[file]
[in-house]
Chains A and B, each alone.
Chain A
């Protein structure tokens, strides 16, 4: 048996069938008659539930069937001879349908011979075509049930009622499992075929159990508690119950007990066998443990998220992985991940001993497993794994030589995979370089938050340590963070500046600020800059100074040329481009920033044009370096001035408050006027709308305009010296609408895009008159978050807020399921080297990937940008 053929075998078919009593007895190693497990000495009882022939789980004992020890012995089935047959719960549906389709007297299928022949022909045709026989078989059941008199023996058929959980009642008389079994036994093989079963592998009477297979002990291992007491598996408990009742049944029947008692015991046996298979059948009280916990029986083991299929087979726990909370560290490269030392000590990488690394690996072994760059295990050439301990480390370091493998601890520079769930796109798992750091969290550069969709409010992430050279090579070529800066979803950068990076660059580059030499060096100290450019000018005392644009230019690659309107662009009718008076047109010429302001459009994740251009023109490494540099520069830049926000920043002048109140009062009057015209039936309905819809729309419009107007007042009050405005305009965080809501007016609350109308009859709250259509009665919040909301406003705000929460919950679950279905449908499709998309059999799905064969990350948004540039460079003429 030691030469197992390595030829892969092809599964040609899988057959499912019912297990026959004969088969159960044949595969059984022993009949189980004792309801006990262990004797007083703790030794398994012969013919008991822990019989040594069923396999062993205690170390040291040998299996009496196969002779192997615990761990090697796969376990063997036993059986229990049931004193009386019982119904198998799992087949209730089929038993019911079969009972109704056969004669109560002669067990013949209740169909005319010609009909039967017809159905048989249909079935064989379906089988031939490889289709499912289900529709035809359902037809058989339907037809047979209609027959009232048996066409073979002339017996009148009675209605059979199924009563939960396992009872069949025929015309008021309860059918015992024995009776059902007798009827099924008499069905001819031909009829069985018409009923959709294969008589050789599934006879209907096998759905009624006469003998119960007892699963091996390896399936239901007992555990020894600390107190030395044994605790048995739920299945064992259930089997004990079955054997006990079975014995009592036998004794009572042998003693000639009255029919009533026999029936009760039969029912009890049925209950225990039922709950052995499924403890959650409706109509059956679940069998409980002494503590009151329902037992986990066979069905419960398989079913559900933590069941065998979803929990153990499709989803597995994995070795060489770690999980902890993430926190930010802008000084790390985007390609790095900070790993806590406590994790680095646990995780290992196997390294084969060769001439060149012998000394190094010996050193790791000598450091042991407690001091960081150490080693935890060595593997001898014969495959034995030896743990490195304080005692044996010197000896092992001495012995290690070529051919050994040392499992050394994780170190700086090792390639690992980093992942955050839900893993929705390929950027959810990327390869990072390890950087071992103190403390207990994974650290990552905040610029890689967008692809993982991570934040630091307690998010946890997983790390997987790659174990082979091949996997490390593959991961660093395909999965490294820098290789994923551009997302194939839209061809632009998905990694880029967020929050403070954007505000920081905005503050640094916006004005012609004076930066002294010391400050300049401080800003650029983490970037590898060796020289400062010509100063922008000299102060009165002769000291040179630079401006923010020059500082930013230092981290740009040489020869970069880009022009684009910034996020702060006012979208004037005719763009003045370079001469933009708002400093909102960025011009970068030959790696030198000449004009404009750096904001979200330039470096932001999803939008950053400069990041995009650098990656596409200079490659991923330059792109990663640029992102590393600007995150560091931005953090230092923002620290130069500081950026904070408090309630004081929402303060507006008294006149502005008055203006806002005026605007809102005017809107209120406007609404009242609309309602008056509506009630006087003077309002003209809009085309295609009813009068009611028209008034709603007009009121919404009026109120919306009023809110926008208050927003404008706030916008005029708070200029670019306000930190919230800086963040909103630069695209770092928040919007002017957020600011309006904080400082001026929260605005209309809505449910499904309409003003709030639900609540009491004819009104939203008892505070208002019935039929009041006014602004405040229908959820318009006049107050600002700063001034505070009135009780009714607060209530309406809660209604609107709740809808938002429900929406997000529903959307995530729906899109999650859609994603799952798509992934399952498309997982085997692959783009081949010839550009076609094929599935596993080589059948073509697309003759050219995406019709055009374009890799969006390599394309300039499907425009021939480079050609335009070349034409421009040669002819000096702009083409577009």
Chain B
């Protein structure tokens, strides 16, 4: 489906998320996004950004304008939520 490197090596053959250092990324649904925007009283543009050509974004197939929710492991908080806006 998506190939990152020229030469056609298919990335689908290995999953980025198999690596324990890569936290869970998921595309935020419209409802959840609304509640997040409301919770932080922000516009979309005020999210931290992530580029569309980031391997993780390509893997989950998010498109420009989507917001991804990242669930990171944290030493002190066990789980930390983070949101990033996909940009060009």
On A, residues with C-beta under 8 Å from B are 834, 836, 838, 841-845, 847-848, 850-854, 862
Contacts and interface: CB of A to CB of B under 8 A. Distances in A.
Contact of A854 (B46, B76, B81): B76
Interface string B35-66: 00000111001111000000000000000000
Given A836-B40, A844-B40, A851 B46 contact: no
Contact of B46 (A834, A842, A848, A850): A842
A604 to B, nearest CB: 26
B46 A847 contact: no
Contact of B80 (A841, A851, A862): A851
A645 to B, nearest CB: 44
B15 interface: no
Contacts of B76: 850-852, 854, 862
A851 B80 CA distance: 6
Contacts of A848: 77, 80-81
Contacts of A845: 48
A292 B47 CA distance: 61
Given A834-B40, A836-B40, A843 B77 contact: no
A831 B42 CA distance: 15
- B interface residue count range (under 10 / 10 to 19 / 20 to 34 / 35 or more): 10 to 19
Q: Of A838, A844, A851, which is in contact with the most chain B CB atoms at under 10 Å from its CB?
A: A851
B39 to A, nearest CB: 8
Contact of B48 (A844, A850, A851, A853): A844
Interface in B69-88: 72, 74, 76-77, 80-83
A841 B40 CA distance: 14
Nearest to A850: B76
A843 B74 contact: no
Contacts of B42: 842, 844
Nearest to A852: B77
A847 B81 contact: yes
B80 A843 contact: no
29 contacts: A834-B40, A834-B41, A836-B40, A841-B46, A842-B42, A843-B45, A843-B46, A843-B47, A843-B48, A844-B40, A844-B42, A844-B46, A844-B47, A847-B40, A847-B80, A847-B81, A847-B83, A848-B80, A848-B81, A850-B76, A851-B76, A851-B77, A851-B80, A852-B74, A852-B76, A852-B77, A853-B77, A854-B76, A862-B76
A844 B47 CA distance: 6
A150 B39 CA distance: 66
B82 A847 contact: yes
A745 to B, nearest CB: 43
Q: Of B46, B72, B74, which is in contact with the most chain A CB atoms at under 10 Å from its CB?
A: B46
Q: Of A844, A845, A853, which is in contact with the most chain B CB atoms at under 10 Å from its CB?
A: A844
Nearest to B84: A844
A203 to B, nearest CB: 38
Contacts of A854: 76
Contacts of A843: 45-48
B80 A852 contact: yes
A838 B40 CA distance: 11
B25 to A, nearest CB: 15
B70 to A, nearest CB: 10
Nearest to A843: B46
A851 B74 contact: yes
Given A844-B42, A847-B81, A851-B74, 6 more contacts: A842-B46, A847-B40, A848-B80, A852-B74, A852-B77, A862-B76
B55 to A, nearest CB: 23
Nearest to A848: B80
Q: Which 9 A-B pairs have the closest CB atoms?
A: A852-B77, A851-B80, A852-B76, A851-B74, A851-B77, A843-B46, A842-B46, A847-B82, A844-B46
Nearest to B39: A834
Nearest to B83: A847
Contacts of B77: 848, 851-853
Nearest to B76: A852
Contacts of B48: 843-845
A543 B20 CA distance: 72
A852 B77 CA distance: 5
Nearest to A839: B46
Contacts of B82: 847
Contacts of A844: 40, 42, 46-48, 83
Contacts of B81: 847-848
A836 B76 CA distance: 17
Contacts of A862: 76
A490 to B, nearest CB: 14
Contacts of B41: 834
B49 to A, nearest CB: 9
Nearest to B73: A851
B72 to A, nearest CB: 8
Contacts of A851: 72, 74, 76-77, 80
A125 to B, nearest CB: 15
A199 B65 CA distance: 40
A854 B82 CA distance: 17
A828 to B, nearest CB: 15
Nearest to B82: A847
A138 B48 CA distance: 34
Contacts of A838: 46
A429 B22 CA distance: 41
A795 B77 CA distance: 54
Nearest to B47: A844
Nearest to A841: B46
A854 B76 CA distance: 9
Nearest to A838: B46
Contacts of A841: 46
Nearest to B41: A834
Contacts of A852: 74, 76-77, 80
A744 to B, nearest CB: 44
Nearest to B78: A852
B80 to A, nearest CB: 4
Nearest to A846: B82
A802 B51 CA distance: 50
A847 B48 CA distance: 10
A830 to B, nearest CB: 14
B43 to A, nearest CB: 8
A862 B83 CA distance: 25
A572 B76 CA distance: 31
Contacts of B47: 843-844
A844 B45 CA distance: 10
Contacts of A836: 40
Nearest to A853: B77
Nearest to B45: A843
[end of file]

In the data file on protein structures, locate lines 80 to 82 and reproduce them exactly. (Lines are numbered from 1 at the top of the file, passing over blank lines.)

Contacts of A851: 72, 74, 76-77, 80
A125 to B, nearest CB: 15
A199 B65 CA distance: 40